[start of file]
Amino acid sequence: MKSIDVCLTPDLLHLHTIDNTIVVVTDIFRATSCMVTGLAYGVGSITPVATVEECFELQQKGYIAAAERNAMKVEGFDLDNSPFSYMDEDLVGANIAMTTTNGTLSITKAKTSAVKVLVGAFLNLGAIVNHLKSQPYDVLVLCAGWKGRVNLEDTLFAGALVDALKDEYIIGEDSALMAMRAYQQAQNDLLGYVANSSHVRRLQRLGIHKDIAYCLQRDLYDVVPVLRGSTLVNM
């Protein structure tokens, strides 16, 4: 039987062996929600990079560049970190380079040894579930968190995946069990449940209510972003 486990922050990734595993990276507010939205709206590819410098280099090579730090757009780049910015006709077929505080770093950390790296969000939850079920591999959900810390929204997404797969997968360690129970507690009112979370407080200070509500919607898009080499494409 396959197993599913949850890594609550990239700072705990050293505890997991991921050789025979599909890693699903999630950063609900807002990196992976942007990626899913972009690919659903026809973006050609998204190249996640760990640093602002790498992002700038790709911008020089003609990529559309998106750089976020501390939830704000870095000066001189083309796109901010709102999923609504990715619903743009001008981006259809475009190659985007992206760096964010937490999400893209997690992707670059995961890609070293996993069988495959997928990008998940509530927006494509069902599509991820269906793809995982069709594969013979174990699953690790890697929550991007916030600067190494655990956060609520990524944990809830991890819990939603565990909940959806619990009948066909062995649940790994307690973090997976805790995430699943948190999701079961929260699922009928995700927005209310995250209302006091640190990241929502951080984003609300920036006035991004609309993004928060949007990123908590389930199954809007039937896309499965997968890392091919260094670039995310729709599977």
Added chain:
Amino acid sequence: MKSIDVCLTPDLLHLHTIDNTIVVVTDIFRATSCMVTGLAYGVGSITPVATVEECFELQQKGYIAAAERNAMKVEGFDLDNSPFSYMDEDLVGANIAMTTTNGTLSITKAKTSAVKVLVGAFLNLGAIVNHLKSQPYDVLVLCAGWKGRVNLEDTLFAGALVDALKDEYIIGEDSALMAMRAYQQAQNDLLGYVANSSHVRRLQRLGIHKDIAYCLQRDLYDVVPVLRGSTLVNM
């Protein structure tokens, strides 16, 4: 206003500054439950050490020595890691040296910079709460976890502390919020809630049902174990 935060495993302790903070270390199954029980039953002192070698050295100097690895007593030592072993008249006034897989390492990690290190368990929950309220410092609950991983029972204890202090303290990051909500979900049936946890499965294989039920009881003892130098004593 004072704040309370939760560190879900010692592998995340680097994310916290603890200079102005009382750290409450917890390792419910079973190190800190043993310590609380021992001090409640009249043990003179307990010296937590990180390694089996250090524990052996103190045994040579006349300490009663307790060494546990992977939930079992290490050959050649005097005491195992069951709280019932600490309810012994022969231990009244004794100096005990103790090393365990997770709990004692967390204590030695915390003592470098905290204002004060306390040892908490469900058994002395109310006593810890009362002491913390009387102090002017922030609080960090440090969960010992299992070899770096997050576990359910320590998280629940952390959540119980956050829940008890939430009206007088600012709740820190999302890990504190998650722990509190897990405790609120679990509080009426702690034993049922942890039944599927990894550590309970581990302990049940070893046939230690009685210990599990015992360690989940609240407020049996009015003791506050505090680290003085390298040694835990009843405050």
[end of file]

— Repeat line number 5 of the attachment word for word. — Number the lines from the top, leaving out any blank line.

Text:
């Protein structure tokens, strides 16, 4: 206003500054439950050490020595890691040296910079709460976890502390919020809630049902174990 935060495993302790903070270390199954029980039953002192070698050295100097690895007593030592072993008249006034897989390492990690290190368990929950309220410092609950991983029972204890202090303290990051909500979900049936946890499965294989039920009881003892130098004593 004072704040309370939760560190879900010692592998995340680097994310916290603890200079102005009382750290409450917890390792419910079973190190800190043993310590609380021992001090409640009249043990003179307990010296937590990180390694089996250090524990052996103190045994040579006349300490009663307790060494546990992977939930079992290490050959050649005097005491195992069951709280019932600490309810012994022969231990009244004794100096005990103790090393365990997770709990004692967390204590030695915390003592470098905290204002004060306390040892908490469900058994002395109310006593810890009362002491913390009387102090002017922030609080960090440090969960010992299992070899770096997050576990359910320590998280629940952390959540119980956050829940008890939430009206007088600012709740820190999302890990504190998650722990509190897990405790609120679990509080009426702690034993049922942890039944599927990894550590309970581990302990049940070893046939230690009685210990599990015992360690989940609240407020049996009015003791506050505090680290003085390298040694835990009843405050």